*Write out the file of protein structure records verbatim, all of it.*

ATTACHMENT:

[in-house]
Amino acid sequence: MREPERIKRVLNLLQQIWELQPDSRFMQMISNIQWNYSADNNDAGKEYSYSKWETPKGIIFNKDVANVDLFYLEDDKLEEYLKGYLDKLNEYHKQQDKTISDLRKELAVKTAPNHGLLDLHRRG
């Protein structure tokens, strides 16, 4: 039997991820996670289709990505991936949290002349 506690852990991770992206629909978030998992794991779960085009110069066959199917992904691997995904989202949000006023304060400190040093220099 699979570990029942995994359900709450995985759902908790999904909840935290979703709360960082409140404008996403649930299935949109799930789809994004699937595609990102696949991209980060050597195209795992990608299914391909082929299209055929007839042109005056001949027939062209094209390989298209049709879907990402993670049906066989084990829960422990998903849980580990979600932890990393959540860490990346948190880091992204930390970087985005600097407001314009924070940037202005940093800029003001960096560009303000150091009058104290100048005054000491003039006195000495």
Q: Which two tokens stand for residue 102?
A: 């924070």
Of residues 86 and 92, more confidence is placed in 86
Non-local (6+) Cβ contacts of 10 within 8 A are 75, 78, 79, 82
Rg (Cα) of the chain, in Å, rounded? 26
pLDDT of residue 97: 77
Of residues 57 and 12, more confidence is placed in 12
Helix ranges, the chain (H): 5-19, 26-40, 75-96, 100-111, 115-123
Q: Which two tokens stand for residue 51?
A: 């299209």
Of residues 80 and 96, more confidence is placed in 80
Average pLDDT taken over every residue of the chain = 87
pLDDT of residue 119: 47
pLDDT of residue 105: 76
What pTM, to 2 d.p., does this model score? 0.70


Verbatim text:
[in-house]
Amino acid sequence: MREPERIKRVLNLLQQIWELQPDSRFMQMISNIQWNYSADNNDAGKEYSYSKWETPKGIIFNKDVANVDLFYLEDDKLEEYLKGYLDKLNEYHKQQDKTISDLRKELAVKTAPNHGLLDLHRRG
């Protein structure tokens, strides 16, 4: 039997991820996670289709990505991936949290002349 506690852990991770992206629909978030998992794991779960085009110069066959199917992904691997995904989202949000006023304060400190040093220099 699979570990029942995994359900709450995985759902908790999904909840935290979703709360960082409140404008996403649930299935949109799930789809994004699937595609990102696949991209980060050597195209795992990608299914391909082929299209055929007839042109005056001949027939062209094209390989298209049709879907990402993670049906066989084990829960422990998903849980580990979600932890990393959540860490990346948190880091992204930390970087985005600097407001314009924070940037202005940093800029003001960096560009303000150091009058104290100048005054000491003039006195000495």
Q: Which two tokens stand for residue 102?
A: 């924070």
Of residues 86 and 92, more confidence is placed in 86
Non-local (6+) Cβ contacts of 10 within 8 A are 75, 78, 79, 82
Rg (Cα) of the chain, in Å, rounded? 26
pLDDT of residue 97: 77
Of residues 57 and 12, more confidence is placed in 12
Helix ranges, the chain (H): 5-19, 26-40, 75-96, 100-111, 115-123
Q: Which two tokens stand for residue 51?
A: 């299209």
Of residues 80 and 96, more confidence is placed in 80
Average pLDDT taken over every residue of the chain = 87
pLDDT of residue 119: 47
pLDDT of residue 105: 76
What pTM, to 2 d.p., does this model score? 0.70